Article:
Tau: A Little Protein With Big Effects
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Methods used to diagnose Alzheimer’s disease are changing. In the past, the only definitive way to diagnose Alzheimer’s disease was after death, by an autopsy, which is not exactly helpful for treatment. The autopsy would reveal both amyloid plaques and tau tangles in the brain; these are hallmarks that characterize Alzheimer’s disease. Thankfully, science has drastically improved over the years. We currently have spinal fluid tests that look for these two key biomarkers and imaging tests that show changes in the brain.
A recent example of other evolving diagnosis methods is COVID-19. Early in the pandemic, when there were no COVID-19 tests, the only way to know if someone might have the virus was to check for a fever. Nowadays, we look for biomarkers – such as with a rapid antigen test – which can detect antigens to the virus even in asymptomatic people.
We now understand that a person can be suffering from the progressive nature of Alzheimer’s even if they do not yet show signs of cognitive impairment. Without biomarker testing, most patients’ first symptoms are memory loss, including long and short-term. Alzheimer’s is usually associated with increased age because the biological underpinnings of the disease accumulate over time. Diagnosis can be made by using something called the ATN framework. This framework describes the two major proteins involved, amyloid plaques and tau tangles, and the associated neurodegeneration – changes in the brain structure.
Let’s discuss the AT part of ATN: the two protein accumulations called amyloid plaques and tau tangles. It is no coincidence that these are also the biomarkers sought by scientists and doctors when diagnosing Alzheimer’s. Amyloid plaques are bundles of protein that build up outside of cells in the brain. They disrupt how cells connect and communicate with each other. Tau tangles are proteins found inside the neurons. In a healthy neuron, tau proteins help stabilize the microtubule that transfers nutrients. In Alzheimer’s patients, the tau proteins become corrupted and tangled, blocking the neuron’s transport system. This leads to cell death. As more cells die and neural network connections break down, areas in the brain begin to shrink. In the late stages of Alzheimer’s disease, there is widespread loss of brain volume.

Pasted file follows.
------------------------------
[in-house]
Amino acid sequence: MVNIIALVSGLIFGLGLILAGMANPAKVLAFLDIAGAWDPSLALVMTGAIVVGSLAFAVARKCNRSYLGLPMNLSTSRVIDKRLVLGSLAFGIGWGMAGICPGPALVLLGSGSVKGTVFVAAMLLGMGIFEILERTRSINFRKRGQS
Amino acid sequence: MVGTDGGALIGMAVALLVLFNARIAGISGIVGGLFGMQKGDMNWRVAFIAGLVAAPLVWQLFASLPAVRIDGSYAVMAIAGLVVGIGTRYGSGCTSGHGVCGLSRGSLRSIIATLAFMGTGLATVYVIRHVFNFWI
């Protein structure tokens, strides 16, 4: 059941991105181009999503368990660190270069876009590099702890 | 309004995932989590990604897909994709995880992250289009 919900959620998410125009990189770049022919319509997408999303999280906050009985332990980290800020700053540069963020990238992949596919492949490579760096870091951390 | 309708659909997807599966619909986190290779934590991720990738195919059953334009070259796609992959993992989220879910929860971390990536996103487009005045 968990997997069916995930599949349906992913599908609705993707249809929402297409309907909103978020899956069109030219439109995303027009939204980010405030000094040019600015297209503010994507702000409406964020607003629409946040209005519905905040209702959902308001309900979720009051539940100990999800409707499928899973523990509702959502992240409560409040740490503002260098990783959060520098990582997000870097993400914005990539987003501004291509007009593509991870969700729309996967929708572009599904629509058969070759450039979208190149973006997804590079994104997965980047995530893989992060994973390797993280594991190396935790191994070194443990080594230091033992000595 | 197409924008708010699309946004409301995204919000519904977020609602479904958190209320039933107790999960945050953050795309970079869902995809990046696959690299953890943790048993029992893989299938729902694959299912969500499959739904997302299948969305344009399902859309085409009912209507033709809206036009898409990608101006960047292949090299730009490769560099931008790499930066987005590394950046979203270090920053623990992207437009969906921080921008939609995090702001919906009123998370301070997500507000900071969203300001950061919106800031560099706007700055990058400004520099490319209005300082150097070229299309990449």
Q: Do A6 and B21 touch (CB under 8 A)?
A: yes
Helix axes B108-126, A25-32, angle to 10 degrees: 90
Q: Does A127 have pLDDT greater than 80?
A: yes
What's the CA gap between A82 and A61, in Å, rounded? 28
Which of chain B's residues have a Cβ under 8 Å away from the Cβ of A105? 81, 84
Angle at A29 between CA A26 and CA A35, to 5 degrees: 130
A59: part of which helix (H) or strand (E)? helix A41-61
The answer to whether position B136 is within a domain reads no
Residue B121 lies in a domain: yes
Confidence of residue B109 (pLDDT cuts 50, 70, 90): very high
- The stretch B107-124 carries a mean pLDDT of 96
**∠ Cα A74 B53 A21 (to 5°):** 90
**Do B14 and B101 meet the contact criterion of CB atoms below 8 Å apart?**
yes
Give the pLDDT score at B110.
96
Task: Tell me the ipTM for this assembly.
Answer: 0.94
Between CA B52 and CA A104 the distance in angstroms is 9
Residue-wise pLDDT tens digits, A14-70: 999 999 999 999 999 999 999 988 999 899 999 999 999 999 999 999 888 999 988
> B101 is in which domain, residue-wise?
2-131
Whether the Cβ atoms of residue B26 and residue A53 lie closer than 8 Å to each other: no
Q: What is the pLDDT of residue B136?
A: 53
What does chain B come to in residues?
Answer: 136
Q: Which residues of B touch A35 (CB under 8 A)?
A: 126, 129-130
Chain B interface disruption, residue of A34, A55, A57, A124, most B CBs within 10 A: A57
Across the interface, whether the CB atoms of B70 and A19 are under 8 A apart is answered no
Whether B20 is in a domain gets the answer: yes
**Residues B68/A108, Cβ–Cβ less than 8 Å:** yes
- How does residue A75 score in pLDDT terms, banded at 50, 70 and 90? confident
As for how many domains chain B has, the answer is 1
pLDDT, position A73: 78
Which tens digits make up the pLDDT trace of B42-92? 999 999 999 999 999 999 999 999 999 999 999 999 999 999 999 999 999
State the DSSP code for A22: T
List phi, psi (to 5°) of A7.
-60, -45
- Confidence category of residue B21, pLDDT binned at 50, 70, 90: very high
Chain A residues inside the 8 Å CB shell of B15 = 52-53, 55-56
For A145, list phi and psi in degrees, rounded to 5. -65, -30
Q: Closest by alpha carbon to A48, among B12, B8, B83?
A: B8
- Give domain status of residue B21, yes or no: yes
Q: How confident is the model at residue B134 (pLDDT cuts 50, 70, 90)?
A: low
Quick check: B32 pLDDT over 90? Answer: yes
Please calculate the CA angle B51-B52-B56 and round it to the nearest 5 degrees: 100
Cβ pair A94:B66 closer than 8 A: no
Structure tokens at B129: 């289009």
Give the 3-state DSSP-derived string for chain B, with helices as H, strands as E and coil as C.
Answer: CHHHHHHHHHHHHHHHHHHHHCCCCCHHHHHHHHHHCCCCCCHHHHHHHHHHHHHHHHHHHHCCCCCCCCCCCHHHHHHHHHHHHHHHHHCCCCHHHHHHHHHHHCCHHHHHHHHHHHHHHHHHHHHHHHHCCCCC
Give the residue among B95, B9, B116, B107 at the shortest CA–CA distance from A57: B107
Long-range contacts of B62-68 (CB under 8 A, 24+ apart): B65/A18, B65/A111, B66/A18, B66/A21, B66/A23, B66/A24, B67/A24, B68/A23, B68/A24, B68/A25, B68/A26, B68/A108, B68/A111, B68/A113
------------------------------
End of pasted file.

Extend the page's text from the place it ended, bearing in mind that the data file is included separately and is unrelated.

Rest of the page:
The N of ATN is neurodegeneration which is the deterioration of neurons causing specific structural changes to the brain. A structural MRI and a radioactive PET scan are two classic methods of determining neurodegeneration. These are effective as staging tools, discovering how far along the disease has progressed. They are effective but can be expensive and time-consuming.
The good news is that researchers are currently working on blood tests that will hopefully be able to detect tau biomarkers quickly and easily. A blood test should be easy, cheap, and relatively simple. With luck, these early biomarker findings will also help drive the effectiveness of clinical therapies, paving the way for better Alzheimer’s treatments in the years to come.
By Benton Lowey-Ball, BS Behavioral Neuroscience
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